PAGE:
[linux-elitists] Update--distribution for your mother?

Adam Kessel adam@bostoncoop.net
Sun Aug 17 07:30:09 PDT 2003

Here's a discussion that's happened here before, but things change
quickly, so I thought I would solicit input to see if there's any newer
wisdom up there.

I'm going this week to install Linux for my mother.  Actually,
technically it's for my father, but everyone has a story about
"installing Linux for their mother" and how esay it was once it was set
up for them.  

I've only ever used Debian and have probably Debianized dozens of friends
and family thus far.  I'm a little concerned, though, about all the
'unstable' systems I'm leaving in my wake.  The stable packages for the
desktop are getting too ancient.  While I know there are backports of
crucial software (Mozilla 1.x (x>0), OpenOffice), I find myself
inevitably having to pull more and more things out of unstable until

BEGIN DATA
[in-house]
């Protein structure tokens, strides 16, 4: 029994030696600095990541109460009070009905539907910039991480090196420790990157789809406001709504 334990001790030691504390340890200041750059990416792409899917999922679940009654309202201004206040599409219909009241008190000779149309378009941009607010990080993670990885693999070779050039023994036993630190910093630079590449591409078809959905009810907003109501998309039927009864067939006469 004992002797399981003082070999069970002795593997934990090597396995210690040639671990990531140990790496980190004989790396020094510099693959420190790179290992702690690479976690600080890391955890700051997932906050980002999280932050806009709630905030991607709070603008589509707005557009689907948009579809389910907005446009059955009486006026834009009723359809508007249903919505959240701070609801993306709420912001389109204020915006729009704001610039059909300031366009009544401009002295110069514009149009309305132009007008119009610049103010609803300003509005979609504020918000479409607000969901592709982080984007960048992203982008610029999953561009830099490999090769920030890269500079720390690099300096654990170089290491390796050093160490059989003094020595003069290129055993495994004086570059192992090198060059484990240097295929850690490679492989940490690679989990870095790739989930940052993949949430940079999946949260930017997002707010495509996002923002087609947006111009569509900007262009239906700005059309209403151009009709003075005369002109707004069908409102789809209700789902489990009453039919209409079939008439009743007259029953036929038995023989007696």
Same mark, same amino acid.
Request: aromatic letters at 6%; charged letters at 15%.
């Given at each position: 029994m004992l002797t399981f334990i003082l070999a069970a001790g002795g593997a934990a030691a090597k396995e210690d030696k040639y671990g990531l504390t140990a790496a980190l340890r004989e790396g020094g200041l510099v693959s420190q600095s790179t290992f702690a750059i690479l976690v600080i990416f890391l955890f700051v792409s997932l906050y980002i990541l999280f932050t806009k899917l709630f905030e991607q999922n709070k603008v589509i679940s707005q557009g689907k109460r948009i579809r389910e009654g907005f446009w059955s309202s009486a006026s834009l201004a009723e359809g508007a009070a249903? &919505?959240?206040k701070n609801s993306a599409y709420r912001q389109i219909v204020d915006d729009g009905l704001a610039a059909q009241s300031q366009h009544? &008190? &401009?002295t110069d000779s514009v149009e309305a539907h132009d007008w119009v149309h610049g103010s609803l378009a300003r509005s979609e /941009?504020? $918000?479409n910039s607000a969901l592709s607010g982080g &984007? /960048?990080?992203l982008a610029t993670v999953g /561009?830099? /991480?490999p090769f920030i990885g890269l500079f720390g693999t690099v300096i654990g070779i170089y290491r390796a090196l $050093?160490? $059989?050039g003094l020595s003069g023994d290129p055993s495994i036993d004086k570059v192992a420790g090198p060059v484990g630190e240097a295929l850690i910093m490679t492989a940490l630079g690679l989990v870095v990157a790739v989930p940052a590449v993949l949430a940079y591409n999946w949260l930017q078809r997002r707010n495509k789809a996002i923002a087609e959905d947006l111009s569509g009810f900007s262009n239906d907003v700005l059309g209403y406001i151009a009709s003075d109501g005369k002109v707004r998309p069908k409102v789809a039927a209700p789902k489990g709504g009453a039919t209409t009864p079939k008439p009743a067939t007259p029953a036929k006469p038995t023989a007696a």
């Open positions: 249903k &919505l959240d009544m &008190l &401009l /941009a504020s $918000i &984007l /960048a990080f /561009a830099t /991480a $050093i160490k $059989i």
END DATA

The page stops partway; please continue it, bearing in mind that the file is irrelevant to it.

finally it's just easier to upgrade everything.  The problem is, of
course, that these systems are not as stable and reliable as I'd like
people to think GNU/Linux is, and also my non-tech-savvy friends/family
don't upgrade and ultimately end up booting into the MS partition when
things don't work.  

I recently downloaded Red Hat 9 and Mandrake 9.1 and did fresh installs
of each to see if either would be better for "your mother's computer."
Both of the installations were quite easy, and I tried playing around
with them for a while but couldn't really figure out what the differences
would be in useability over the long haul.  

Google reveals little in the way of a real hands-on comparison--most of
the reviews comment on how nice the opening screen looks when you boot
up, etc.. (one review said Mandrake's ability to choose "which security
level you want" was great and wasn't something you found in most
distributions...)! I'm looking for advice from someone with extensive
real world experience on more than one distribution helping non-technical
desktop users.  

So what would you recommend for your mother's computer?  An additional
factor in that they have no broadband access, and also decent but not
cutting edge hardware.
Adam Kessel
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